Everyone has a dream course they want to pursue and a dream college they want to pursue it from. But what if you have to choose one among them?
How do you decide between your preferred course and a better college?
Many people stress on the fact that course must be given a preference, as it will direct you to your ultimate career goal. If you are pursuing a course you like, you will be able to score well in it and land a good job.
But what people forget is that the college plays an equally important role in a student’s life. College adds to your overall personality development and a good placement record will ensure that you have a chance to secure a good job in the future.
Confusing, isn’t it?
This decision is no doubt very crucial as it is ultimately going to affect your career and future opportunities. So, I will try to make it easier for you.
First of all, let’s look at the factors that you should evaluate before taking your call.
1. Course Structure and Curriculum
The first and foremost thing you need to know about is the structure and curriculum of the course you will be studying. Find out all that you can about the course you have in hand – what papers are taught in it? What concepts will you learn in each? How will the course contribute to your skill building?
You can do this by visiting the official website of the college/university, conversing with people who have already pursued this course, attending pre-admission orientation/counselling sessions, talking to your teachers/parents/career counsellors.
Sometimes the name of the course can be misleading, so it is necessary to get accurate information about it.
These things will help you answer the two most important questions:
- Does the course matter interest you?
- Can you see yourself studying it for the next 3-4 years?
2. College Experience and Placements
Moving on to the next factor, the experience of the college plays an equally important role in influencing this decision.
When it comes to deciding on the merit of a college, rankings are a very superficial metric. There are more important things you need to evaluate, such as the placement opportunities, classroom experience and alumni network offered by the college. In terms of your personal and professional growth, college clubs/societies, crowd, teaching faculty, etc. also contribute a lot.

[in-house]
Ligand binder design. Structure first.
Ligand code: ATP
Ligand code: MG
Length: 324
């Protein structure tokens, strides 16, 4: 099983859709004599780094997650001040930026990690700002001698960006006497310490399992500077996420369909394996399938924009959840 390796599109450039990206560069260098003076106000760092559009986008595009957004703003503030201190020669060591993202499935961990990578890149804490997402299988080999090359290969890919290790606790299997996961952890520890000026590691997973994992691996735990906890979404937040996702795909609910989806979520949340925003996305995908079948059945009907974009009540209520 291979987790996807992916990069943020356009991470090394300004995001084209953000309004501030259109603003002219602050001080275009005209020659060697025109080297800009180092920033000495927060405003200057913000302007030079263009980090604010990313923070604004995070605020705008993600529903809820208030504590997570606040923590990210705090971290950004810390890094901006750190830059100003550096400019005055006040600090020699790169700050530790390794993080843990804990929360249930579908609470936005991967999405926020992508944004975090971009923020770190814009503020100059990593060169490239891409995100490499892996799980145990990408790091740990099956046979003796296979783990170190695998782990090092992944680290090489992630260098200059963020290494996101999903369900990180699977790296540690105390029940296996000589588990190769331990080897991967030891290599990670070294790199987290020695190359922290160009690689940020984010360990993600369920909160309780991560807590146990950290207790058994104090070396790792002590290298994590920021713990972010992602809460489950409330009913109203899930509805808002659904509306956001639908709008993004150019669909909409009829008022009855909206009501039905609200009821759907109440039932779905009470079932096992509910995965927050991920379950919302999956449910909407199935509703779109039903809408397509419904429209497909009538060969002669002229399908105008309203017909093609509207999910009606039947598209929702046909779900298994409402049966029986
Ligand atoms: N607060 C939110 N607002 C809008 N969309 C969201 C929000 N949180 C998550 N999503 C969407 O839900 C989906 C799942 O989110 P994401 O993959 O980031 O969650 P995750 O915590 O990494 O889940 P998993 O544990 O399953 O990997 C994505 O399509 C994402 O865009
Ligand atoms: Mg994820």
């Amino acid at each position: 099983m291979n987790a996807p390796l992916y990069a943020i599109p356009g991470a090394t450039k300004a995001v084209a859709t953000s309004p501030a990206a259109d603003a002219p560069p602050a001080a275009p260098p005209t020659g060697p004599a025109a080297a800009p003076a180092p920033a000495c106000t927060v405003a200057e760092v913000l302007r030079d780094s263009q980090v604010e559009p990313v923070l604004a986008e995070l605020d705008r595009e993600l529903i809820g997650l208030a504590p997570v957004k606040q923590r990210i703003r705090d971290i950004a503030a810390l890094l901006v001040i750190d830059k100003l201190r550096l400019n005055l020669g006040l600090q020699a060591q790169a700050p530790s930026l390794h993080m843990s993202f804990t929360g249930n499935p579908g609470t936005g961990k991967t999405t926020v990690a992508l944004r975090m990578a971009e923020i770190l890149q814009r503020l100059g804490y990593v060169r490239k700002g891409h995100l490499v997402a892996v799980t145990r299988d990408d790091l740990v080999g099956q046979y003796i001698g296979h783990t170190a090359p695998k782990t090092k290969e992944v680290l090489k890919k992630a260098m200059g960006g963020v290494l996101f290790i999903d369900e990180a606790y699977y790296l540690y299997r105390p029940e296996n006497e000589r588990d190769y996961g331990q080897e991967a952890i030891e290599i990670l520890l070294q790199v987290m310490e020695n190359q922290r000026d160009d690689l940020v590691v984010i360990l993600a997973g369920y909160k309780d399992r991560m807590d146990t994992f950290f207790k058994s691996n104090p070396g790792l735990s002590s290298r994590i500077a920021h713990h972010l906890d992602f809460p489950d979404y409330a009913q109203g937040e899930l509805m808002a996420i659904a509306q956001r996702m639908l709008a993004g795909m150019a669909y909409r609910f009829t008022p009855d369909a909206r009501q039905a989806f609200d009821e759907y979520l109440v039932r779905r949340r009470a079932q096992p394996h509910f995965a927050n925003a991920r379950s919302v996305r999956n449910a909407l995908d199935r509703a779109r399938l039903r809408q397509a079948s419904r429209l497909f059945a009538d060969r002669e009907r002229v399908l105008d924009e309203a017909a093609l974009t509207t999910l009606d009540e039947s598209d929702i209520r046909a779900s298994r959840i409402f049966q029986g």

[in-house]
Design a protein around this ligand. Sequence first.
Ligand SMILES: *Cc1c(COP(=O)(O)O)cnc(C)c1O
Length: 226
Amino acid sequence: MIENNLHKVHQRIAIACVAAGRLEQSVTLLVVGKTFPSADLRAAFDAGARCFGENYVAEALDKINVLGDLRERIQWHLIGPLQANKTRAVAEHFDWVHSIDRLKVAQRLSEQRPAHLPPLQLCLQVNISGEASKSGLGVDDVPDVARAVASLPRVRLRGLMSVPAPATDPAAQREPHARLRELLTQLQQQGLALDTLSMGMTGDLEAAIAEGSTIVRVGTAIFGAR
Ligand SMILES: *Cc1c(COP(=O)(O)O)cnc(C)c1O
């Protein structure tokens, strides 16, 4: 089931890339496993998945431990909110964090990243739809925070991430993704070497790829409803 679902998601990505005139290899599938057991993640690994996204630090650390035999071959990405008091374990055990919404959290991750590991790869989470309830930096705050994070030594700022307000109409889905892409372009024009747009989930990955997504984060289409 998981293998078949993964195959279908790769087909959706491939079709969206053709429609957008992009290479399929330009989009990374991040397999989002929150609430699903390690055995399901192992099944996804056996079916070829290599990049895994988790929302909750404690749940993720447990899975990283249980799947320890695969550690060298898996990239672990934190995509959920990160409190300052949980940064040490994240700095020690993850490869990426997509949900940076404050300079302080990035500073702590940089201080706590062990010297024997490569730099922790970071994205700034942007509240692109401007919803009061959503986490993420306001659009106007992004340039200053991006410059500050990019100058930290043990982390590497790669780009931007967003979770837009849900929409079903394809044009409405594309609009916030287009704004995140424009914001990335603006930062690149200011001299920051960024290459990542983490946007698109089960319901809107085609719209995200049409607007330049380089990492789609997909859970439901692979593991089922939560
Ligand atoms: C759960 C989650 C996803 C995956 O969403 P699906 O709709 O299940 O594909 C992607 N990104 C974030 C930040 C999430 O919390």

You can access this all information through the official website of the college, their Facebook pages, LinkedIn and by talking to alumni.
These will help you answer the following questions:
- Will the college appropriately contribute to your professional growth?
- Does the college align with your preferences and personality?
3. Long-Term Career Goals
An important factor to evaluate, one that can provide much clarity to your decision: Where do you see yourself in the next 5-10 years?
Is there any particular career you want to end up in?
While it is okay to want to explore your options before you fix down your career goals, doing it can make matters much easier. If your goals are clear to you, then it is much easier to define what you need to do to strive in that direction.
And if you have not yet taken the time to define them properly, or are struggling to decide on the right option, getting guidance from a career counsellor can help a lot.
Now that you have evaluated these factors, let’s see how you can decide. Here are situations in College Vs. Course battle where one wins over the other.
Times When Course Trumps College:
1. When you have clarity about your career goal
Well, this is the perfect situation you can be in, and makes it a lot easier to decide. In a situation where you have to choose between course and college, given the clarity of your career goal, you should choose the course that gets you there. Even if it means studying in a mediocre college.
If you are interested in the course you are pursuing and can score well, you can very easily make up for the mediocre college by getting into a great college/university at your Post-Graduate level. You can also outperform students from top colleges by acquiring skills over the course of college life and making yourself good at what you do.
For example – Suhail had always wanted to pursue Mechanical Engineering and couldn’t see himself doing anything else. When the time for college admissions came, he could only manage to grab a tier-2 college, even though he had scored well in board exams. Now instead of taking the college-first approach and enrolling himself in something like Physics (Hons.), he didn’t think twice before enrolling himself in Engineering.